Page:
By MARY SELL, Alabama Daily News
Alabama Lt. Gov. Will Ainsworth wants to change the state’s years-long — sometimes decades-long — appeals process for death row inmates.
Ainsworth said he wants a “fair but expedited process” that will deter people from committing murders punishable by death. A press conference is planned Tuesday morning to discuss the bill that will be filed later today.
Ainsworth talked with Alabama Daily News about the bill Monday.
At first, he was looking for a way to better protect Alabama law enforcement officers. Seven officers have been killed in just more than a year. However, the bill that will be filed will apply to all capital murder cases.
“The goal is to deter anyone from harming or using deadly force with any law enforcement officer, and more so than that, any person,” Ainsworth said.
Currently, death row inmates appeal to the Alabama Court of Criminal Appeals, and then the Alabama Supreme Court. Often, their cases also are appealed to federal courts.
Ainsworth wants state appeals to end at the Alabama Court of Criminal Appeals, removing the state supreme court.
A draft of the bill also calls for the Alabama Court of Criminal Appeals to prioritize and expedite death row cases.
The bill is similar to current law in another state.
“In Texas, your appeal process stops at the Court of Criminal Appeals. Thats what this bill would do,” Ainsworth said.
According to Alabama Department of Corrections’ records, there are 175 inmates on death row. Sixty-seven of them have been there more than 20 years.
One of them is Gregory Hunt, who murdered Karen Sanders Lane in 1988 in Walker County.
“He parents have passed away, and her sister is valiantly waiting for justice,” said Rep. Connie Rowe, R-Jasper. She’ll be sponsoring the bill in the House. Rowe has nearly 30 years of law enforcement experience, starting as a patrol officer in the mid-1980s and retiring as Jasper police chief in 2014.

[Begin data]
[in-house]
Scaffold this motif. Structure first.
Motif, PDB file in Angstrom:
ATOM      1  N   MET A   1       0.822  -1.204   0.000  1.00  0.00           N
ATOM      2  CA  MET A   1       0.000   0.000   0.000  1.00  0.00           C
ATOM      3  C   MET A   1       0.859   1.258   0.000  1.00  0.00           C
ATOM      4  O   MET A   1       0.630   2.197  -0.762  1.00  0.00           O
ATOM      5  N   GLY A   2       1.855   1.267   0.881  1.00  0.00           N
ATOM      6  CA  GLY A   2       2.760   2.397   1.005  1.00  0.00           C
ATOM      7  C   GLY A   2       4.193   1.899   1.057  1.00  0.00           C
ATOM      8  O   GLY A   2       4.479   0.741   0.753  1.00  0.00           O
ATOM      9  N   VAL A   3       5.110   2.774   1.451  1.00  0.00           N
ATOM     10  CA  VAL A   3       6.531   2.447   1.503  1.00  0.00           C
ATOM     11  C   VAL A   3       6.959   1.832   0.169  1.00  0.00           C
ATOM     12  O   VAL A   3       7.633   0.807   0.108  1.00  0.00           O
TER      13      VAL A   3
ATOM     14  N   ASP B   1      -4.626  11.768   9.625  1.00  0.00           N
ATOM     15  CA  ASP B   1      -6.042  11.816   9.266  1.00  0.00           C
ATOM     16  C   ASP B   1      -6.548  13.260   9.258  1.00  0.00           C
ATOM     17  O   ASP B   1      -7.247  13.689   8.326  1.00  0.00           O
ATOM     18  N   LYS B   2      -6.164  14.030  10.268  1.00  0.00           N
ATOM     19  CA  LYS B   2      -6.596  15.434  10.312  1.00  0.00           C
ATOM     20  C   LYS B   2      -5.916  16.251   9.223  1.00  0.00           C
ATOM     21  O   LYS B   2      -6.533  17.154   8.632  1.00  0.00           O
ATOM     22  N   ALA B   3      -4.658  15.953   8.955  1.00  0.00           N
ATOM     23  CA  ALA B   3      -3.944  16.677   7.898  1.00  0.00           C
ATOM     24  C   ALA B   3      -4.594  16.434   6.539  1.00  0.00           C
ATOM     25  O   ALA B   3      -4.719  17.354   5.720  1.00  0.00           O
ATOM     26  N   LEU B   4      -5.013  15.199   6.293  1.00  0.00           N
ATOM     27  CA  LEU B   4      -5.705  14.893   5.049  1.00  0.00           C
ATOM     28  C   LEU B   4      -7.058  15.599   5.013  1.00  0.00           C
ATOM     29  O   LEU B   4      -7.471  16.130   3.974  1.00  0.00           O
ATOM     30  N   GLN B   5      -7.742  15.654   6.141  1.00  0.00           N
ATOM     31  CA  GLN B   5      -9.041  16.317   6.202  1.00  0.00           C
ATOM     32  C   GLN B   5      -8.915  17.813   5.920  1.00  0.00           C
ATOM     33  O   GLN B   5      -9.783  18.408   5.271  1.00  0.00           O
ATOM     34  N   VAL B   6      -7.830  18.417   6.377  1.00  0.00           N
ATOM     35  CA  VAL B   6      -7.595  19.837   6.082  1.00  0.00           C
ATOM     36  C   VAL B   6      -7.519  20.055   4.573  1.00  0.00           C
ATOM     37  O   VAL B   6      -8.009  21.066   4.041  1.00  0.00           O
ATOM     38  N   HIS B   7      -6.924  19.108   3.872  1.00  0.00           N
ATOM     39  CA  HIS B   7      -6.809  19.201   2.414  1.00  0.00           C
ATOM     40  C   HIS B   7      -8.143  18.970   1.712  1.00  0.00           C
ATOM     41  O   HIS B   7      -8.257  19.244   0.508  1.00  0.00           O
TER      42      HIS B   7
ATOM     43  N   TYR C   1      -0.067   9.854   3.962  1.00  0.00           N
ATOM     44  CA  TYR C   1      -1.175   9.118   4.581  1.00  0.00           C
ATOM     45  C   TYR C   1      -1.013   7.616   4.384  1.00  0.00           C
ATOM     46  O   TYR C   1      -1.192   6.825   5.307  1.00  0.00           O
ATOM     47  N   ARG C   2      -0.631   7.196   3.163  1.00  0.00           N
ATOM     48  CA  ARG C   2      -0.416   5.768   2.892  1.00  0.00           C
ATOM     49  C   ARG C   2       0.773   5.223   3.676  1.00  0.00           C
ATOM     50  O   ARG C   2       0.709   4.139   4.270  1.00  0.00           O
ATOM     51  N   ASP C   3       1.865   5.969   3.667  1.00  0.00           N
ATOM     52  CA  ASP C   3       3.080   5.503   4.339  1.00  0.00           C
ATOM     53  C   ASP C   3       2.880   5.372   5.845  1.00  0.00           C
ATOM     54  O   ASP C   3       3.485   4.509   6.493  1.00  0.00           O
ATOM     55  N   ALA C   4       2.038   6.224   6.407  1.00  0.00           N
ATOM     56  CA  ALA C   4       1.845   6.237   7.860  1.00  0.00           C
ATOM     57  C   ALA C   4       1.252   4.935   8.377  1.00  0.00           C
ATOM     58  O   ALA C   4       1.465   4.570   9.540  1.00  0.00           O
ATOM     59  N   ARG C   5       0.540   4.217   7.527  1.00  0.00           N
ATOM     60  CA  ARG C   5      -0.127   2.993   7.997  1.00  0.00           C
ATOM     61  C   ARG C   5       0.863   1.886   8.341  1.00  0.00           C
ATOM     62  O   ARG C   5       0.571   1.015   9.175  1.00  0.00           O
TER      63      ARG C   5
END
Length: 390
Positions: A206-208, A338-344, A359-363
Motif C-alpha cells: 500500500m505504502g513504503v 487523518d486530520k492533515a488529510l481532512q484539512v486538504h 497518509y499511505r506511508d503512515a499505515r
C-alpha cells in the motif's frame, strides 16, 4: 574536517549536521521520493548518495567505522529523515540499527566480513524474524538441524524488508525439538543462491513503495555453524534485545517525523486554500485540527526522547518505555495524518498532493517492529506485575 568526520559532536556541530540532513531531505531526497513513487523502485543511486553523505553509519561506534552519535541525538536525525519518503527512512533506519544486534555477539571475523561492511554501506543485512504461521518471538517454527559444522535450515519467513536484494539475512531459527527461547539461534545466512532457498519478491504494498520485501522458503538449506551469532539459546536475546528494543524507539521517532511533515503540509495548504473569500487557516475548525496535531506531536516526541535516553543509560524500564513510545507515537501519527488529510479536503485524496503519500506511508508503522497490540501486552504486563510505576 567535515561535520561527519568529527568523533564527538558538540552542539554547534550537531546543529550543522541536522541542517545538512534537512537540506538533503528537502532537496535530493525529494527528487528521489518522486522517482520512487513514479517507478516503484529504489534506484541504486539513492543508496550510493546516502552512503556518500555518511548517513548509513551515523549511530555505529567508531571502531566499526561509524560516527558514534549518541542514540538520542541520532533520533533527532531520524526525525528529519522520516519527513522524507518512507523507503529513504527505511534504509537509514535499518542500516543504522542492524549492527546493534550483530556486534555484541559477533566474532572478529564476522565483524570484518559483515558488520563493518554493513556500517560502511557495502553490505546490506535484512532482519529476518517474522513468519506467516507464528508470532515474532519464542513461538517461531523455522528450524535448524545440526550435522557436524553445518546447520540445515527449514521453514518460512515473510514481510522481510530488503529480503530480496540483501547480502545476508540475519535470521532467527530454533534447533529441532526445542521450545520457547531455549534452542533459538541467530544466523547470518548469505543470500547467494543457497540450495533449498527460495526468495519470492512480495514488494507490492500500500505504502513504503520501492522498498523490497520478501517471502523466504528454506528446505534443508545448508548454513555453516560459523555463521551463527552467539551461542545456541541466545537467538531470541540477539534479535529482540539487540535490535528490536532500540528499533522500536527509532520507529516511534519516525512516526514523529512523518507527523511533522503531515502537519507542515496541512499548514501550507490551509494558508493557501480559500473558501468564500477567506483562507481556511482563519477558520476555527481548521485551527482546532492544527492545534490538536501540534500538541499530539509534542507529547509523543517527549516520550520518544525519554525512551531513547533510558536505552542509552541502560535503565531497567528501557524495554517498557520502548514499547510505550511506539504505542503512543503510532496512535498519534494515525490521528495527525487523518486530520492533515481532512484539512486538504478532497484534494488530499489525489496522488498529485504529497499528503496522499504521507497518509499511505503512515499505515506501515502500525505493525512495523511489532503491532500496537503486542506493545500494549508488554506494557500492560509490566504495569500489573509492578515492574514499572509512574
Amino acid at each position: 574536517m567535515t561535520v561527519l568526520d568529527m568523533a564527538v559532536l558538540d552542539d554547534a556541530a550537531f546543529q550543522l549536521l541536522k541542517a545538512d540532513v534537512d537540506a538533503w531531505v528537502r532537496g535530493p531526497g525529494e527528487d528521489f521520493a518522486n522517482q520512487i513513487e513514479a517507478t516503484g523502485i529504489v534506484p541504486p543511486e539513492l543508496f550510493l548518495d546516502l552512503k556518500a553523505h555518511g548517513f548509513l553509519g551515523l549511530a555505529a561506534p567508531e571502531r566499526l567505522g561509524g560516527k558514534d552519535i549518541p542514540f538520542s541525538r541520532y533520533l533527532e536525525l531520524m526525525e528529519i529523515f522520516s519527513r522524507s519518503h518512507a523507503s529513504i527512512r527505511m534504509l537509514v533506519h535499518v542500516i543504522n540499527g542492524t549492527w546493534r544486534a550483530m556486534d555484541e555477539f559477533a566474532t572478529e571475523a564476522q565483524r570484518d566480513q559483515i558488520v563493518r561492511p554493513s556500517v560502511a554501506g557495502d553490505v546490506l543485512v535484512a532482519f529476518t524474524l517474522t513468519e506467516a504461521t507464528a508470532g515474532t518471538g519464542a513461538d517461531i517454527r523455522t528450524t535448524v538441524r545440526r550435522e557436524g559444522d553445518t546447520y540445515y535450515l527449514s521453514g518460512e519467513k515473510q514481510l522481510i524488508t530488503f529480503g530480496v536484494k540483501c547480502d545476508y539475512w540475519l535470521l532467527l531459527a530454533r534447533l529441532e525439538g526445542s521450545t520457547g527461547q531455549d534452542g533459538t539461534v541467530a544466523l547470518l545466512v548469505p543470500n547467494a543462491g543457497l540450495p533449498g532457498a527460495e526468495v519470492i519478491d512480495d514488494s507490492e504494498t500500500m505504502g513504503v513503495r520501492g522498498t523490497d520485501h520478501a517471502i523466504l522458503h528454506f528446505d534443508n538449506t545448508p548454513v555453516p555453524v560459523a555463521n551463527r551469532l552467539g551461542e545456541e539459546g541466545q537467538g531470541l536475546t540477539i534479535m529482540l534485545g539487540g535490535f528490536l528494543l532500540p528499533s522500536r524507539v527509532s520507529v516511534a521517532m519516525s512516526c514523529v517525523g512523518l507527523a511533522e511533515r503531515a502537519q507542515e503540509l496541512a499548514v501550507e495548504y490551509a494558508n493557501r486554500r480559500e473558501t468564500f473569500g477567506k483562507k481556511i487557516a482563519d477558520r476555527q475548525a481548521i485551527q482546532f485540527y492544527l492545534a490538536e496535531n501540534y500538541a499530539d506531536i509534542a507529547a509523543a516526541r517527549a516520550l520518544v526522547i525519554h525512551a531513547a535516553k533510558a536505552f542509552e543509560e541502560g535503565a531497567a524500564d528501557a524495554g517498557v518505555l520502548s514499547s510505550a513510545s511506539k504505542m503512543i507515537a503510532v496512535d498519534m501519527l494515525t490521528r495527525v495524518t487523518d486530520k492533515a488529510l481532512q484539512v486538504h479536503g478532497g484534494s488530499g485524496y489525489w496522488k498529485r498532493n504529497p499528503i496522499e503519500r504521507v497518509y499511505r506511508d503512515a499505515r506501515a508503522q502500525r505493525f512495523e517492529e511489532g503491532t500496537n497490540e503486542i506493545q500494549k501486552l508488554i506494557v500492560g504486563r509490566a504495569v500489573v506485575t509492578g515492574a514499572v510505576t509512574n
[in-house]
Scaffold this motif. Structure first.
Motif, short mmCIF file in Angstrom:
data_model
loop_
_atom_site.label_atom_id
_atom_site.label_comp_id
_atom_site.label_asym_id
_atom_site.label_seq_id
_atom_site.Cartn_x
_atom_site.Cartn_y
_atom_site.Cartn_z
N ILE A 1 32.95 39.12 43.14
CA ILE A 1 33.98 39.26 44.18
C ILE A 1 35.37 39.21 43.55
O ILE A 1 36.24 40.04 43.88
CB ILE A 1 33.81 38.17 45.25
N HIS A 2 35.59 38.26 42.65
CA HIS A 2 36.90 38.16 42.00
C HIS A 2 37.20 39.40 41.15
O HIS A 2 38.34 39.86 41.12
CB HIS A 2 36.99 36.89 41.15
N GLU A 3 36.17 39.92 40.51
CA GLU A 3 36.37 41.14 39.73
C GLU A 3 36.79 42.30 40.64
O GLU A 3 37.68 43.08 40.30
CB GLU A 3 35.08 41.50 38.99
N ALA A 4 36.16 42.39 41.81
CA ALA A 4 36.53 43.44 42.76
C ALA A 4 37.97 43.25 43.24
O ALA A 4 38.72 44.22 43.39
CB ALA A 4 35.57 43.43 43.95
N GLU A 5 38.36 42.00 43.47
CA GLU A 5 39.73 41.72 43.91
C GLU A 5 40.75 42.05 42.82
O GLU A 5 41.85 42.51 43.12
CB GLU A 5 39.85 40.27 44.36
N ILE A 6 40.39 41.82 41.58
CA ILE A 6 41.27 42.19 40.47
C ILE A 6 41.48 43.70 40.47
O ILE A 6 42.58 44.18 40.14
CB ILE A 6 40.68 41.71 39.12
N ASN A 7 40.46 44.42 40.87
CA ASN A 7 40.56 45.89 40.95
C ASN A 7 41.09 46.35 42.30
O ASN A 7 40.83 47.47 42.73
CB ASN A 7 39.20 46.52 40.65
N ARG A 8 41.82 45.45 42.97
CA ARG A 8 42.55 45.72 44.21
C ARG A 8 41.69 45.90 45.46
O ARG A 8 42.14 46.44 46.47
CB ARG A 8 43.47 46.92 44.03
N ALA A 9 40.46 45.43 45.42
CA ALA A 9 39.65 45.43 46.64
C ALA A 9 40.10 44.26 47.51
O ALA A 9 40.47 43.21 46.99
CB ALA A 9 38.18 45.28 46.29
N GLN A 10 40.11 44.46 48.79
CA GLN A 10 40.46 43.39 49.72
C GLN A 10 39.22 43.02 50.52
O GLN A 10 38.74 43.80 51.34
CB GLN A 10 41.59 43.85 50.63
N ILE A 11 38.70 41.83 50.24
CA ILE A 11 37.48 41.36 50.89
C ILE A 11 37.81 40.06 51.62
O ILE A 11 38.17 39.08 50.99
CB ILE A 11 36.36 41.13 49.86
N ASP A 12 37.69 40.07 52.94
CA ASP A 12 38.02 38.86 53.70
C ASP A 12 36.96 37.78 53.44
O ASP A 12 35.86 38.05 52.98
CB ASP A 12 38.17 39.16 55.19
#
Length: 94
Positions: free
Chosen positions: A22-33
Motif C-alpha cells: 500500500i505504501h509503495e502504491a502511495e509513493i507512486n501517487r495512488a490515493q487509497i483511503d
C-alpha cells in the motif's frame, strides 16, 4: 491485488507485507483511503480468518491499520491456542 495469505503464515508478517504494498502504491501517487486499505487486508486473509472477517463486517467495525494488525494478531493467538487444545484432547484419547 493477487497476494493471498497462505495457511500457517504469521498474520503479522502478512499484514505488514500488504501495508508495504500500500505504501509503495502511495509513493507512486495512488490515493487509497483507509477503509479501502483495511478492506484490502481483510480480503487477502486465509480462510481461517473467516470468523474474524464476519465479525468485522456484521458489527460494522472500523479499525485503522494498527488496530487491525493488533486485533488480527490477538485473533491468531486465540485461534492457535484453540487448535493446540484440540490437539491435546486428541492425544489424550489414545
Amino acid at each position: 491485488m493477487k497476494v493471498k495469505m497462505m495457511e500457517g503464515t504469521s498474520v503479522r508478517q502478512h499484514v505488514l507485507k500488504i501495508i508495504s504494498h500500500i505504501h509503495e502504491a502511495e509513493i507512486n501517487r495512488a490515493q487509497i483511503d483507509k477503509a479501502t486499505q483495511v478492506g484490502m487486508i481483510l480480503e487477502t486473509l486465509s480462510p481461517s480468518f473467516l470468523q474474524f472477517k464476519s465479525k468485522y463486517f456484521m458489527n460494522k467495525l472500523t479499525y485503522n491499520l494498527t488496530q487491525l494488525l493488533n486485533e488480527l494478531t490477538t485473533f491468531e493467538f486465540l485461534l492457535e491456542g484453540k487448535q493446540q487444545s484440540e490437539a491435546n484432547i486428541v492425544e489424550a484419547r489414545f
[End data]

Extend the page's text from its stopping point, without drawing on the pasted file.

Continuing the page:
“I’ve seen how long this road is,” Rowe said about the death penalty appeal process in Alabama.
Capital murder, in which the death penalty is allowed, applies to about 20 offenses in Alabama, including:
- Murder during a kidnapping in the first degree;
- Murder during a robbery in the first degree;
- Murder during a rape in the first or second degree;
- Murder of any law enforcement officer;
- Murder when the victim is less than fourteen years of age.
Rowe said she thinks a shortened appeals timeline will be a deterrent in capital crimes.
“Anything we can do to deter people from killing people at that level is absolutely something I feel good about,” she said.
The bill raises concern for some lawmakers about making sure the correct person is sentenced to death. According to the Montgomery-based Equal Justice Initiative, nine men on Alabama’s death row were later exonerated.
“I don’t know how the process is going to take into account that phase of review to see if that person is actually the person who committed that crime,” Sen. Rodger Smitherman, D-Birmingham said.
“We have to make sure that we actually have the person that has actually committed the offense,” Smitherman said
Sen. Cam Ward, R-Alabaster, will sponsor the bill in the Senate.
Alabama Daily News reporter Devin Pavlou contributed to this report.